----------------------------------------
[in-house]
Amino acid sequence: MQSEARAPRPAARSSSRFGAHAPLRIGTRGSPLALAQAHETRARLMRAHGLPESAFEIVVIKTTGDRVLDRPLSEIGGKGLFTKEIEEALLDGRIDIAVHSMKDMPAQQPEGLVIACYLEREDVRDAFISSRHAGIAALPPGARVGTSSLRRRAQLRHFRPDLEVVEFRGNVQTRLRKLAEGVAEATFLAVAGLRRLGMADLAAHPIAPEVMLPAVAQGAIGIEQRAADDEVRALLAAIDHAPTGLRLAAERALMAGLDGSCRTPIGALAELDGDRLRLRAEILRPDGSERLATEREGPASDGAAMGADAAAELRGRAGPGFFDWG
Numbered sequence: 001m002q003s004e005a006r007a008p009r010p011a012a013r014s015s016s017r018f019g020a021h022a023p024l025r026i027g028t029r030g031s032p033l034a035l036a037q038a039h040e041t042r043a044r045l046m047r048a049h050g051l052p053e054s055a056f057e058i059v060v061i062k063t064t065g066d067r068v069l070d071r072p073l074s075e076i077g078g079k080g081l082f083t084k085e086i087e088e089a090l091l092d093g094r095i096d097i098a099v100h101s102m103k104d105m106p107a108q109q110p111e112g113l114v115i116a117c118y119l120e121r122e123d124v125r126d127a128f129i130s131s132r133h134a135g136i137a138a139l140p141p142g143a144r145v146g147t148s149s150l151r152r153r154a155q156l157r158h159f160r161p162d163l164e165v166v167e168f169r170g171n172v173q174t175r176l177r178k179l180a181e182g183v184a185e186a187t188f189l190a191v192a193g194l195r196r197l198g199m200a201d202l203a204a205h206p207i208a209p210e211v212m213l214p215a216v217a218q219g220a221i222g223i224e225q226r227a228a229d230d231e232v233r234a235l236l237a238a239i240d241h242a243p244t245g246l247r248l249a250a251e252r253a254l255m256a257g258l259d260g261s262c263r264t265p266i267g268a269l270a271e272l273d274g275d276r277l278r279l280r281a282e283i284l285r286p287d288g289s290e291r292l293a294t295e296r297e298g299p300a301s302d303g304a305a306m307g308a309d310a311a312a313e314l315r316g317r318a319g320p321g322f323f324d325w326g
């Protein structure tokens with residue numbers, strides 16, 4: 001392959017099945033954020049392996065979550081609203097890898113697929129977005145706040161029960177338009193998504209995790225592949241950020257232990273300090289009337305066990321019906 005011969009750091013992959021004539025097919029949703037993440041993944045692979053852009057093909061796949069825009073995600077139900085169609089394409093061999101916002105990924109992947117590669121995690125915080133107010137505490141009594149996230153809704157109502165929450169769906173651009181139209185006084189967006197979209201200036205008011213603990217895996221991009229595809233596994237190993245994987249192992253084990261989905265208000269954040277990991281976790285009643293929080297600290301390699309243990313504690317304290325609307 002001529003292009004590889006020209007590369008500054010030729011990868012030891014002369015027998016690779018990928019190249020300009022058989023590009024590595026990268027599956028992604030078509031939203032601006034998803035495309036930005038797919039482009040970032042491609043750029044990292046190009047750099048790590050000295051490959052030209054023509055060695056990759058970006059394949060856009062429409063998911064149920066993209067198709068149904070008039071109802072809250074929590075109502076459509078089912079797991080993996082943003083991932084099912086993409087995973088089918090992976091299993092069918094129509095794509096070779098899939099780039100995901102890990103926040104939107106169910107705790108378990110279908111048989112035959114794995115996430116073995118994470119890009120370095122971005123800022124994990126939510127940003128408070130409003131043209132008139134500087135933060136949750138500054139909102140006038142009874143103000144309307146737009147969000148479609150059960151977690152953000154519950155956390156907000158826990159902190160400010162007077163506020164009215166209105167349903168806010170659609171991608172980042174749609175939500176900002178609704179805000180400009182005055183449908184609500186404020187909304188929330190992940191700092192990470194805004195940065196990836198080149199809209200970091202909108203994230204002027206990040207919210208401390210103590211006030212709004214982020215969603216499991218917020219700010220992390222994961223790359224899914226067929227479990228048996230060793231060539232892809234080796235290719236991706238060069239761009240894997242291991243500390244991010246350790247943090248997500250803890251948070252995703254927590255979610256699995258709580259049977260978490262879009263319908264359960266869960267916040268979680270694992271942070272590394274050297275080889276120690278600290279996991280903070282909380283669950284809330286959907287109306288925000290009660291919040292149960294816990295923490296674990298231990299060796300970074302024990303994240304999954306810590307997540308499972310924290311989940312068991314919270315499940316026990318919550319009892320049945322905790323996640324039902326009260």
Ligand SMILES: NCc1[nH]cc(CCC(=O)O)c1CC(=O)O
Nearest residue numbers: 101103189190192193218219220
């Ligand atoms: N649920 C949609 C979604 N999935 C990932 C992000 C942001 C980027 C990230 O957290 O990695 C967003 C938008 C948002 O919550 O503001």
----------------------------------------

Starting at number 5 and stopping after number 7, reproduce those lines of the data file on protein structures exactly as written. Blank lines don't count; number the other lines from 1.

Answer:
Ligand SMILES: NCc1[nH]cc(CCC(=O)O)c1CC(=O)O
Nearest residue numbers: 101103189190192193218219220
């Ligand atoms: N649920 C949609 C979604 N999935 C990932 C992000 C942001 C980027 C990230 O957290 O990695 C967003 C938008 C948002 O919550 O503001």